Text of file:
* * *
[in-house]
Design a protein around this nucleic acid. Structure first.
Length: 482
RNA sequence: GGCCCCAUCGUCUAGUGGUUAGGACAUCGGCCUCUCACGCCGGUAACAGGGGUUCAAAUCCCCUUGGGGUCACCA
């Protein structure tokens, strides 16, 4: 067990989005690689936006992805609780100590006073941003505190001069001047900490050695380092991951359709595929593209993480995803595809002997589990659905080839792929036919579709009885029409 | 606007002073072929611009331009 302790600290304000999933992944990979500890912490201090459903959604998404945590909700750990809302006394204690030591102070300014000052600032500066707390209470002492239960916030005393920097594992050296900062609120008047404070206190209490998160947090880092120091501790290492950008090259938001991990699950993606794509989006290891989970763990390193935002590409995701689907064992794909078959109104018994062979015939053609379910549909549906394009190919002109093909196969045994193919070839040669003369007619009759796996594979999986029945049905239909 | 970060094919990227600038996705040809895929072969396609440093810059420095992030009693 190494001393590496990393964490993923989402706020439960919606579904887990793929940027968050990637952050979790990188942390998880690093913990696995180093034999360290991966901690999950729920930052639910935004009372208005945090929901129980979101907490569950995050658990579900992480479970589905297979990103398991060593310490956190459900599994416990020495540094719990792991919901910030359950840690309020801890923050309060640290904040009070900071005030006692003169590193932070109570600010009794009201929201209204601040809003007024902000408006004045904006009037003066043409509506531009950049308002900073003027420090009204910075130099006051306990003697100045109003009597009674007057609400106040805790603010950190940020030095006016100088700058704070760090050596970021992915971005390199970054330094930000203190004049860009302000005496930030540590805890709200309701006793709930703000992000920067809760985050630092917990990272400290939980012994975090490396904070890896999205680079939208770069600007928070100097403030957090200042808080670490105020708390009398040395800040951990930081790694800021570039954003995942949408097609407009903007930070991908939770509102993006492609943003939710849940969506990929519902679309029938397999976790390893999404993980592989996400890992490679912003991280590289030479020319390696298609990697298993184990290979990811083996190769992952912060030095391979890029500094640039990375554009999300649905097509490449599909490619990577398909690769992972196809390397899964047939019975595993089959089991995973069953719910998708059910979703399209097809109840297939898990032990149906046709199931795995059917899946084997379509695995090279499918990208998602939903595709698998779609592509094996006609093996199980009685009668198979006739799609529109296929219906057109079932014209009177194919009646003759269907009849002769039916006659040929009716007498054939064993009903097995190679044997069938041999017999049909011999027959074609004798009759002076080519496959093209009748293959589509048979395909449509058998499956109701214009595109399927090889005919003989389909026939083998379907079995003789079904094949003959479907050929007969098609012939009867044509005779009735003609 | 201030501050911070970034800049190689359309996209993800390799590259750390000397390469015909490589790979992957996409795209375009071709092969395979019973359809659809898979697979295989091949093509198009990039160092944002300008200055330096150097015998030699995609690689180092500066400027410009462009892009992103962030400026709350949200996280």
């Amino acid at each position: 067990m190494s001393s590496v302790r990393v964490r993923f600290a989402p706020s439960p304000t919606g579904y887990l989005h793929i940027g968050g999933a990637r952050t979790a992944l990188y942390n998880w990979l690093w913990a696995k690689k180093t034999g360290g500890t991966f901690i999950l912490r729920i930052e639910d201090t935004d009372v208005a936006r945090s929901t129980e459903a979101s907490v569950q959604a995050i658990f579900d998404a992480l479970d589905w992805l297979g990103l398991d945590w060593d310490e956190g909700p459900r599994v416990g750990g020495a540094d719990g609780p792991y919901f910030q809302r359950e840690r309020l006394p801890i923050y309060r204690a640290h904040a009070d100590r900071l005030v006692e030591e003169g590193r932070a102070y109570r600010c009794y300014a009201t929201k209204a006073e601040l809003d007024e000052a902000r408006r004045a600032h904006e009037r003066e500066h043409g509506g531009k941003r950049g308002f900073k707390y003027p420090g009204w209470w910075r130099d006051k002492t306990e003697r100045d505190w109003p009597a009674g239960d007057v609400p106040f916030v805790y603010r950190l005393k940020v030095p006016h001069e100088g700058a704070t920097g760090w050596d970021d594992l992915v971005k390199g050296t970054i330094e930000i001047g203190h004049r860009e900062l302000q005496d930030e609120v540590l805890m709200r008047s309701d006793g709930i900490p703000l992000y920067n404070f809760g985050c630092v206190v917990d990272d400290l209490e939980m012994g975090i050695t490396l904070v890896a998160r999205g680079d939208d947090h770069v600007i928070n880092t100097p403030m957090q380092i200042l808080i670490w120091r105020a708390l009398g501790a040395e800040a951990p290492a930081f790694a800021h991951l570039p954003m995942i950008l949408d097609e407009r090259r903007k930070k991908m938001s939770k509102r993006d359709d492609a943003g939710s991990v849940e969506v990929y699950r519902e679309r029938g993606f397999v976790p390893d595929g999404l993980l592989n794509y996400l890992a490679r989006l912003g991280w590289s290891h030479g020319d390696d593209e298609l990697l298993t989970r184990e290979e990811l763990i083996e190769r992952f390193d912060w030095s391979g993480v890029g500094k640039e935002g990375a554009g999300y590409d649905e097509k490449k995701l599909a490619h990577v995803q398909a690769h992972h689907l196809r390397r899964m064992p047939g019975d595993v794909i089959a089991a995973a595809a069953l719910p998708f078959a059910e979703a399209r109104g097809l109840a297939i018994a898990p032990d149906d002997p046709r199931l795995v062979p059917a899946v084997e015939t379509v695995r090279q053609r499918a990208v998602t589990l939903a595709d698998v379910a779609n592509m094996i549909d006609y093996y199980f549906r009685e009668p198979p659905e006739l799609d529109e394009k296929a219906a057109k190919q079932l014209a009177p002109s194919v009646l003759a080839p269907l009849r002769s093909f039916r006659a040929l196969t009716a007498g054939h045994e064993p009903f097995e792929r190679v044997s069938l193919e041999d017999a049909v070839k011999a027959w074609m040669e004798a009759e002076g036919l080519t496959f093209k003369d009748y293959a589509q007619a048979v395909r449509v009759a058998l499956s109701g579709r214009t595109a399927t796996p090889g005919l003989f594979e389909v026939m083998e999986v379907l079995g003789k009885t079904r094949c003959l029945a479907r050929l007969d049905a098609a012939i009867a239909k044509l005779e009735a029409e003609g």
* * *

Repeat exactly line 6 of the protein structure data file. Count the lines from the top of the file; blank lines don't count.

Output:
């Amino acid at each position: 067990m190494s001393s590496v302790r990393v964490r993923f600290a989402p706020s439960p304000t919606g579904y887990l989005h793929i940027g968050g999933a990637r952050t979790a992944l990188y942390n998880w990979l690093w913990a696995k690689k180093t034999g360290g500890t991966f901690i999950l912490r729920i930052e639910d201090t935004d009372v208005a936006r945090s929901t129980e459903a979101s907490v569950q959604a995050i658990f579900d998404a992480l479970d589905w992805l297979g990103l398991d945590w060593d310490e956190g909700p459900r599994v416990g750990g020495a540094d719990g609780p792991y919901f910030q809302r359950e840690r309020l006394p801890i923050y309060r204690a640290h904040a009070d100590r900071l005030v006692e030591e003169g590193r932070a102070y109570r600010c009794y300014a009201t929201k209204a006073e601040l809003d007024e000052a902000r408006r004045a600032h904006e009037r003066e500066h043409g509506g531009k941003r950049g308002f900073k707390y003027p420090g009204w209470w910075r130099d006051k002492t306990e003697r100045d505190w109003p009597a009674g239960d007057v609400p106040f916030v805790y603010r950190l005393k940020v030095p006016h001069e100088g700058a704070t920097g760090w050596d970021d594992l992915v971005k390199g050296t970054i330094e930000i001047g203190h004049r860009e900062l302000q005496d930030e609120v540590l805890m709200r008047s309701d006793g709930i900490p703000l992000y920067n404070f809760g985050c630092v206190v917990d990272d400290l209490e939980m012994g975090i050695t490396l904070v890896a998160r999205g680079d939208d947090h770069v600007i928070n880092t100097p403030m957090q380092i200042l808080i670490w120091r105020a708390l009398g501790a040395e800040a951990p290492a930081f790694a800021h991951l570039p954003m995942i950008l949408d097609e407009r090259r903007k930070k991908m938001s939770k509102r993006d359709d492609a943003g939710s991990v849940e969506v990929y699950r519902e679309r029938g993606f397999v976790p390893d595929g999404l993980l592989n794509y996400l890992a490679r989006l912003g991280w590289s290891h030479g020319d390696d593209e298609l990697l298993t989970r184990e290979e990811l763990i083996e190769r992952f390193d912060w030095s391979g993480v890029g500094k640039e935002g990375a554009g999300y590409d649905e097509k490449k995701l599909a490619h990577v995803q398909a690769h992972h689907l196809r390397r899964m064992p047939g019975d595993v794909i089959a089991a995973a595809a069953l719910p998708f078959a059910e979703a399209r109104g097809l109840a297939i018994a898990p032990d149906d002997p046709r199931l795995v062979p059917a899946v084997e015939t379509v695995r090279q053609r499918a990208v998602t589990l939903a595709d698998v379910a779609n592509m094996i549909d006609y093996y199980f549906r009685e009668p198979p659905e006739l799609d529109e394009k296929a219906a057109k190919q079932l014209a009177p002109s194919v009646l003759a080839p269907l009849r002769s093909f039916r006659a040929l196969t009716a007498g054939h045994e064993p009903f097995e792929r190679v044997s069938l193919e041999d017999a049909v070839k011999a027959w074609m040669e004798a009759e002076g036919l080519t496959f093209k003369d009748y293959a589509q007619a048979v395909r449509v009759a058998l499956s109701g579709r214009t595109a399927t796996p090889g005919l003989f594979e389909v026939m083998e999986v379907l079995g003789k009885t079904r094949c003959l029945a479907r050929l007969d049905a098609a012939i009867a239909k044509l005779e009735a029409e003609g």